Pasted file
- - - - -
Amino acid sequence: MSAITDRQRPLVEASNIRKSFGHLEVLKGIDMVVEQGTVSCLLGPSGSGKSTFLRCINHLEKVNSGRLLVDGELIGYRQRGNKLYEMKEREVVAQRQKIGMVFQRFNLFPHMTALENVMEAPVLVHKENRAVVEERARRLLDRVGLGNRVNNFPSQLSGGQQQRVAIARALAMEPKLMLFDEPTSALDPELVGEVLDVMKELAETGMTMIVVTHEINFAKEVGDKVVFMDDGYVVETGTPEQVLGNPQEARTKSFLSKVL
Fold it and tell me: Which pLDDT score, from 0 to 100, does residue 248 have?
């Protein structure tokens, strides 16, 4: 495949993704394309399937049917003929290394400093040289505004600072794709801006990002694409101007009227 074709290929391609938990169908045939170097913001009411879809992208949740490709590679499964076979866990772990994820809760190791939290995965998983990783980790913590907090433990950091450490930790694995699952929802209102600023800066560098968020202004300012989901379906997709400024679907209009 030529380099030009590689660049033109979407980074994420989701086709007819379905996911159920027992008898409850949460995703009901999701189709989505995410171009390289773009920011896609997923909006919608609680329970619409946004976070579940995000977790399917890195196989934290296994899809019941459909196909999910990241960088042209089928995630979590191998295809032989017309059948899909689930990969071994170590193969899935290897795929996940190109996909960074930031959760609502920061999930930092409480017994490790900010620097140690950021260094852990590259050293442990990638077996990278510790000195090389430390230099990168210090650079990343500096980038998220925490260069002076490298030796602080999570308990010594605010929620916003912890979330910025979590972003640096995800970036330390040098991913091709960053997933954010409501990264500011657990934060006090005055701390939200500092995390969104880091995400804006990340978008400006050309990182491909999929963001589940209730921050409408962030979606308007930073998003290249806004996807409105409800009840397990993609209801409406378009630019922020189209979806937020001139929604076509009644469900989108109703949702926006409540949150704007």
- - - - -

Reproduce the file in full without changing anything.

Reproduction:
Amino acid sequence: MSAITDRQRPLVEASNIRKSFGHLEVLKGIDMVVEQGTVSCLLGPSGSGKSTFLRCINHLEKVNSGRLLVDGELIGYRQRGNKLYEMKEREVVAQRQKIGMVFQRFNLFPHMTALENVMEAPVLVHKENRAVVEERARRLLDRVGLGNRVNNFPSQLSGGQQQRVAIARALAMEPKLMLFDEPTSALDPELVGEVLDVMKELAETGMTMIVVTHEINFAKEVGDKVVFMDDGYVVETGTPEQVLGNPQEARTKSFLSKVL
Fold it and tell me: Which pLDDT score, from 0 to 100, does residue 248 have?
């Protein structure tokens, strides 16, 4: 495949993704394309399937049917003929290394400093040289505004600072794709801006990002694409101007009227 074709290929391609938990169908045939170097913001009411879809992208949740490709590679499964076979866990772990994820809760190791939290995965998983990783980790913590907090433990950091450490930790694995699952929802209102600023800066560098968020202004300012989901379906997709400024679907209009 030529380099030009590689660049033109979407980074994420989701086709007819379905996911159920027992008898409850949460995703009901999701189709989505995410171009390289773009920011896609997923909006919608609680329970619409946004976070579940995000977790399917890195196989934290296994899809019941459909196909999910990241960088042209089928995630979590191998295809032989017309059948899909689930990969071994170590193969899935290897795929996940190109996909960074930031959760609502920061999930930092409480017994490790900010620097140690950021260094852990590259050293442990990638077996990278510790000195090389430390230099990168210090650079990343500096980038998220925490260069002076490298030796602080999570308990010594605010929620916003912890979330910025979590972003640096995800970036330390040098991913091709960053997933954010409501990264500011657990934060006090005055701390939200500092995390969104880091995400804006990340978008400006050309990182491909999929963001589940209730921050409408962030979606308007930073998003290249806004996807409105409800009840397990993609209801409406378009630019922020189209979806937020001139929604076509009644469900989108109703949702926006409540949150704007």